Back to Work: How Democrats can win over Americans left behind in the new economy
So how, exactly, would a federal jobs guarantee work? William Darity Jr., an economist at Duke University who has long advocated for guaranteed jobs, has proposed that employment come with a minimum salary of $23,000 a year—enough to push every American above the poverty line. The CAP proposal looks similar, calling for each job to pay at least $15 an hour plus payroll taxes, or $36,000 a year. Even if the guarantee focuses only on increasing employment for workers without a college degree, CAP says, the plan would create 4.4 million new jobs.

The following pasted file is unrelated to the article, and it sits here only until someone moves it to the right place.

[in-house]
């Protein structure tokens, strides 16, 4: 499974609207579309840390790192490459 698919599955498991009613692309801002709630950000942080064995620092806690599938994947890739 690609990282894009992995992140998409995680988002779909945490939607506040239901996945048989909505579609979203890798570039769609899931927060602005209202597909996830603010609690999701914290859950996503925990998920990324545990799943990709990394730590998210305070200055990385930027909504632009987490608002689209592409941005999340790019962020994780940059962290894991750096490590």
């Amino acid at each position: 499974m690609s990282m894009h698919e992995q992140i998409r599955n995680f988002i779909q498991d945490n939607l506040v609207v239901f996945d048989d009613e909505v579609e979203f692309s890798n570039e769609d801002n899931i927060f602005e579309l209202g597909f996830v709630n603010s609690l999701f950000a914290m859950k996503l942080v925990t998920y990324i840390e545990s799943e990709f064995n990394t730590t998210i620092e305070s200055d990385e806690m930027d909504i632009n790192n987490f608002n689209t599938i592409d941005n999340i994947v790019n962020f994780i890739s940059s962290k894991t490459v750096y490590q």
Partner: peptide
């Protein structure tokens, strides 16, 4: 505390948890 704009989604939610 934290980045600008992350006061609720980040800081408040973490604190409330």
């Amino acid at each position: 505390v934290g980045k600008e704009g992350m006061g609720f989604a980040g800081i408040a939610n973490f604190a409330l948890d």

The federal government could allow cities and states to determine which jobs are most needed in their communities. Flint might prioritize rebuilding its water system, while Fort Lauderdale could deploy more home health care aides to assist the elderly. A federal jobs program could preserve public lands in Wyoming, install broadband in East Los Angeles, and build affordable housing in New Orleans. Schools could get teaching aides; poor neighborhoods could get grocery stores. The government could provide universal, affordable childcare so more parents could work. The New Deal even employed artists to write plays and paint public murals.
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